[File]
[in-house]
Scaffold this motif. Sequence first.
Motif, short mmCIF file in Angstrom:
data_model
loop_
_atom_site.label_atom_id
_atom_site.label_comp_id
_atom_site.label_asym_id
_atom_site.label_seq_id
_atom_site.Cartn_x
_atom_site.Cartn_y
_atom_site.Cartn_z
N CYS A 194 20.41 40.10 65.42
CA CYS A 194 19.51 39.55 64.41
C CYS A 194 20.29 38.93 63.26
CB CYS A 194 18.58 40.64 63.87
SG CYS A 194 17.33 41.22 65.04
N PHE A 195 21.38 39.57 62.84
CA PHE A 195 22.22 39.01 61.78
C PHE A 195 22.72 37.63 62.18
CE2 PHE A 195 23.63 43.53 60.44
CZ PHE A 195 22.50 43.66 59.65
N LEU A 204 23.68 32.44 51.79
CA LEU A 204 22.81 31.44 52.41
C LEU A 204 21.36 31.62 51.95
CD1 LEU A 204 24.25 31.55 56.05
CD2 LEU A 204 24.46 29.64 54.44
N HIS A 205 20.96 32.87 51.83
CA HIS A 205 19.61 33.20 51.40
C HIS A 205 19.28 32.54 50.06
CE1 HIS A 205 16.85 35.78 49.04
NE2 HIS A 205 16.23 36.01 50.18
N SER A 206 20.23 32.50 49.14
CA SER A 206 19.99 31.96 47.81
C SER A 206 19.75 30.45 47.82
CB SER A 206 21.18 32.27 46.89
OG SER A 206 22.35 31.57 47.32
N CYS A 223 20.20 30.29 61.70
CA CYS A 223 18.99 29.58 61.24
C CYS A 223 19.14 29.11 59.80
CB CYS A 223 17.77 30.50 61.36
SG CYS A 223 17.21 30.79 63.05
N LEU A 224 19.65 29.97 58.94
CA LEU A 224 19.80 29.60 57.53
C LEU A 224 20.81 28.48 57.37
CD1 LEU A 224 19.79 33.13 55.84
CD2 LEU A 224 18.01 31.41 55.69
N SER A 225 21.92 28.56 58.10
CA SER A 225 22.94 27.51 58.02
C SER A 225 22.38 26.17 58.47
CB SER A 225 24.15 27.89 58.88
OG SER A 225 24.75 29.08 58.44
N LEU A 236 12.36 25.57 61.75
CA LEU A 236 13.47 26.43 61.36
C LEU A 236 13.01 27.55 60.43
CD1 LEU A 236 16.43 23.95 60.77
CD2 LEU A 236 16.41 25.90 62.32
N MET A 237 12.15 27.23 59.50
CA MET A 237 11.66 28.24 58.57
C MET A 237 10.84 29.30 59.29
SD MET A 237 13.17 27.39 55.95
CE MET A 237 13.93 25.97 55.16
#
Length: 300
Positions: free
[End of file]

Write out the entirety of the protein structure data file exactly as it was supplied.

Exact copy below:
[in-house]
Scaffold this motif. Sequence first.
Motif, short mmCIF file in Angstrom:
data_model
loop_
_atom_site.label_atom_id
_atom_site.label_comp_id
_atom_site.label_asym_id
_atom_site.label_seq_id
_atom_site.Cartn_x
_atom_site.Cartn_y
_atom_site.Cartn_z
N CYS A 194 20.41 40.10 65.42
CA CYS A 194 19.51 39.55 64.41
C CYS A 194 20.29 38.93 63.26
CB CYS A 194 18.58 40.64 63.87
SG CYS A 194 17.33 41.22 65.04
N PHE A 195 21.38 39.57 62.84
CA PHE A 195 22.22 39.01 61.78
C PHE A 195 22.72 37.63 62.18
CE2 PHE A 195 23.63 43.53 60.44
CZ PHE A 195 22.50 43.66 59.65
N LEU A 204 23.68 32.44 51.79
CA LEU A 204 22.81 31.44 52.41
C LEU A 204 21.36 31.62 51.95
CD1 LEU A 204 24.25 31.55 56.05
CD2 LEU A 204 24.46 29.64 54.44
N HIS A 205 20.96 32.87 51.83
CA HIS A 205 19.61 33.20 51.40
C HIS A 205 19.28 32.54 50.06
CE1 HIS A 205 16.85 35.78 49.04
NE2 HIS A 205 16.23 36.01 50.18
N SER A 206 20.23 32.50 49.14
CA SER A 206 19.99 31.96 47.81
C SER A 206 19.75 30.45 47.82
CB SER A 206 21.18 32.27 46.89
OG SER A 206 22.35 31.57 47.32
N CYS A 223 20.20 30.29 61.70
CA CYS A 223 18.99 29.58 61.24
C CYS A 223 19.14 29.11 59.80
CB CYS A 223 17.77 30.50 61.36
SG CYS A 223 17.21 30.79 63.05
N LEU A 224 19.65 29.97 58.94
CA LEU A 224 19.80 29.60 57.53
C LEU A 224 20.81 28.48 57.37
CD1 LEU A 224 19.79 33.13 55.84
CD2 LEU A 224 18.01 31.41 55.69
N SER A 225 21.92 28.56 58.10
CA SER A 225 22.94 27.51 58.02
C SER A 225 22.38 26.17 58.47
CB SER A 225 24.15 27.89 58.88
OG SER A 225 24.75 29.08 58.44
N LEU A 236 12.36 25.57 61.75
CA LEU A 236 13.47 26.43 61.36
C LEU A 236 13.01 27.55 60.43
CD1 LEU A 236 16.43 23.95 60.77
CD2 LEU A 236 16.41 25.90 62.32
N MET A 237 12.15 27.23 59.50
CA MET A 237 11.66 28.24 58.57
C MET A 237 10.84 29.30 59.29
SD MET A 237 13.17 27.39 55.95
CE MET A 237 13.93 25.97 55.16
#
Length: 300
Positions: free